First of all, it should be clear that Hijab is the proper Islamic dress code, which is primarily intended to safeguard the modesty, dignity and honor of men and women. Hijab is a duty Allah Almighty prescribed for the Muslim woman, and she has to carry out that duty in compliance with the order of Allah, and showing her sincere faith in Allah, for He says: “And it becometh not a believing man or a believing woman, when Allah and His Messenger have decided an affair (for them), that they should (after that) claim any say in their affair.” (Al-Ahzab 33: 36)
So, it is clear that Allah Almighty has obliged Muslim women to wear hijab in order to preserve them from bedizenment which would definitely make them prone to harassment and render them an easy prey for depraved men with lusty motives. This means that hijab is a means of protection for women’s honor and dignity.

Sheikh Yusuf Al-Qaradawi, in his well known book, the Lawful and the Prohibited in Islam stated that: “Almighty Allah says: “That they should…not display their adornment, except that which is apparent of it.” (An-Nur 24:31). The adornment of women includes both natural features such as the face, hair, and other attractive parts of the body, and artificial enhancement of beauty, such as the dress, ornaments, make-up, and the like. In this noble ayah Allah commands women not to show their adornment “except that which is apparent of it.”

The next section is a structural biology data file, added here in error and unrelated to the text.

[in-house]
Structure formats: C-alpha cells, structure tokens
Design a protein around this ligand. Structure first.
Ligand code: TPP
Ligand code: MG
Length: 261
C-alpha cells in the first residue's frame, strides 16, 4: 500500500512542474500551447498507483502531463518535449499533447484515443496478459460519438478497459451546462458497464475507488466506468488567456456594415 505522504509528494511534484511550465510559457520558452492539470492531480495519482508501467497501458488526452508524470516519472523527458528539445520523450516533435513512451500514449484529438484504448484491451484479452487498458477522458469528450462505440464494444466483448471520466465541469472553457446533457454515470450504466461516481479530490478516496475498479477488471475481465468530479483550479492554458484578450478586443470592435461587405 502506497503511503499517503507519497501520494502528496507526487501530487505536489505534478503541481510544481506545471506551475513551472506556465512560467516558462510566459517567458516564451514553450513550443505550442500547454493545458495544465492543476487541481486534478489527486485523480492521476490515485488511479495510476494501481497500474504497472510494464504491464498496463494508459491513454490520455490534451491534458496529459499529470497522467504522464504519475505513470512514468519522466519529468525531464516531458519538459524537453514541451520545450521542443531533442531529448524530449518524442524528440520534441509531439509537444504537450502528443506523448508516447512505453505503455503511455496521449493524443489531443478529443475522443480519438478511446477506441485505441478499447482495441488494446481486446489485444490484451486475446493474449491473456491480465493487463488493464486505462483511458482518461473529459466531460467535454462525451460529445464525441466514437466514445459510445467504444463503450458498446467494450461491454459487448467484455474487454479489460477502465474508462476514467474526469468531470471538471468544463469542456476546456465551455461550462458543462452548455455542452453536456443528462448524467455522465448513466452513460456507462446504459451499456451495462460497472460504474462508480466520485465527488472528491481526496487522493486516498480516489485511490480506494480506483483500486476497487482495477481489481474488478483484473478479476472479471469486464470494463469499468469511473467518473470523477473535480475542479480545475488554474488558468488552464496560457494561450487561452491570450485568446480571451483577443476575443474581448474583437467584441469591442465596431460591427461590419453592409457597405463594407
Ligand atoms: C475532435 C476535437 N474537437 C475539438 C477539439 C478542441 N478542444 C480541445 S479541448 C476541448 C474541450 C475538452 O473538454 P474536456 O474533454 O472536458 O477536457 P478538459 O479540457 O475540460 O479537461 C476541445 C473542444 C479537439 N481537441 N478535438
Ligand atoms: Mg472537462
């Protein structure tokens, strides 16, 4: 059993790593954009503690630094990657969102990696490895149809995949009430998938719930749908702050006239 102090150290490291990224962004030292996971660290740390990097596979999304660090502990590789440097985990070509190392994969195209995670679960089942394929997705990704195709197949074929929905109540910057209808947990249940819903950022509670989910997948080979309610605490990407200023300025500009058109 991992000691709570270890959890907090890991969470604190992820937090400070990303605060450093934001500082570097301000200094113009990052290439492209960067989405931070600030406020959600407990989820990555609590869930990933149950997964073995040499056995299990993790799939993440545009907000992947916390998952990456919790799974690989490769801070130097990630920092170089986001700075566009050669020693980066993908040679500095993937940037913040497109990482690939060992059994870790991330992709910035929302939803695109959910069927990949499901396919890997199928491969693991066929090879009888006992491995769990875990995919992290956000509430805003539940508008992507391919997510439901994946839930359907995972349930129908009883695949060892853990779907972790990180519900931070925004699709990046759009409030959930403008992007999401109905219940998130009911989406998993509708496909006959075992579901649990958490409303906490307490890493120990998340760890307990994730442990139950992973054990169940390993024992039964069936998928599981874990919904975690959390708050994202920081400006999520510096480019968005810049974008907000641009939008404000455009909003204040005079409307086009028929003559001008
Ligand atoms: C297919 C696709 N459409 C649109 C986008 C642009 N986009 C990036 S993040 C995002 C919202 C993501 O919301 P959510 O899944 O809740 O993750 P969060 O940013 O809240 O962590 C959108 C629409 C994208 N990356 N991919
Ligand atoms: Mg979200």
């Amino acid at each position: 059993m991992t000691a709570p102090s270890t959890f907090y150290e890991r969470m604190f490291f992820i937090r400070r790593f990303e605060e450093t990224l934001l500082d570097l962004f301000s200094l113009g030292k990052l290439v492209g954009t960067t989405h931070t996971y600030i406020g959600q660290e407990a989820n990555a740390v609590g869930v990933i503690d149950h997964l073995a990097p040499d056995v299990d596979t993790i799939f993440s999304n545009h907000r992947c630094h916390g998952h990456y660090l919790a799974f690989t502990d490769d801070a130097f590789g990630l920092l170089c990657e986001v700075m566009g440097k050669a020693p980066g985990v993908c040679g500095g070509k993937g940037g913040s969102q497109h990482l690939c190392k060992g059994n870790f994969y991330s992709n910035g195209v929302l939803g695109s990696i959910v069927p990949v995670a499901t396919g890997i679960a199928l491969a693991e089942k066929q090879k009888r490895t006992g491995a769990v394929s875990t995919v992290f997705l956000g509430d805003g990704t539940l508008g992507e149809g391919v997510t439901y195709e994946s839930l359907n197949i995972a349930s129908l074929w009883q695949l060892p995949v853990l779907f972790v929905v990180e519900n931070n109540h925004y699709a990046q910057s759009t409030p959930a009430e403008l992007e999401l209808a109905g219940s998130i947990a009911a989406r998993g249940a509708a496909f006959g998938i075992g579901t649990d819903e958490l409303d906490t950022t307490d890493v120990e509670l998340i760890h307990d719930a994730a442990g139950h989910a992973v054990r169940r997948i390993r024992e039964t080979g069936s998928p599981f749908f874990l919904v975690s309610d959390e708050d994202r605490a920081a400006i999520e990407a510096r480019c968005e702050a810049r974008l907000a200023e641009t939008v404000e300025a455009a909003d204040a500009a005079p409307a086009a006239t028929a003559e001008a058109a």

There is some difference of opinion among scholars concerning the extent of this exception. Does it mean what is exposed by necessity and without intention, for example, if the wind exposes some part? Or does it mean what is customarily, or instinctively, or by its very nature exposed?

The majority of the early Muslim jurists accept the latter meaning. Ibn ‘Abbas interprets “except what is apparent of it” to mean kohl and a ring, and Anas has said something similar; the permissibility of showing the face and hands is implicit in the permissibility of showing kohl and a ring. Sa’id ibn Jubayr, ‘Ata and al-Awza`i have stated explicitly that the showing of the face and hands is permissible. ‘Aishah, Qatadah, and others have added bracelets to what may be shown of the adornments; this interpretation implies that a part of the arm may also be shown. Various scholars have allowed the exposure of the lower part of the arm up to a length varying between about four inches to one-half of the arm.

On the other hand, others such as ‘Abdullah ibn Mas’ud, have restricted the application of “what is apparent” to what necessarily appears, such as the outer garment (abaya, jilbab, chaddor, burqa, and the like). My own preference lies with that group of the Companions and their immediate followers who include the face, the hands, and their ordinary adornments, such as kohl and a ring in the application of the Qur’anic phrase, “except that which is apparent of it.”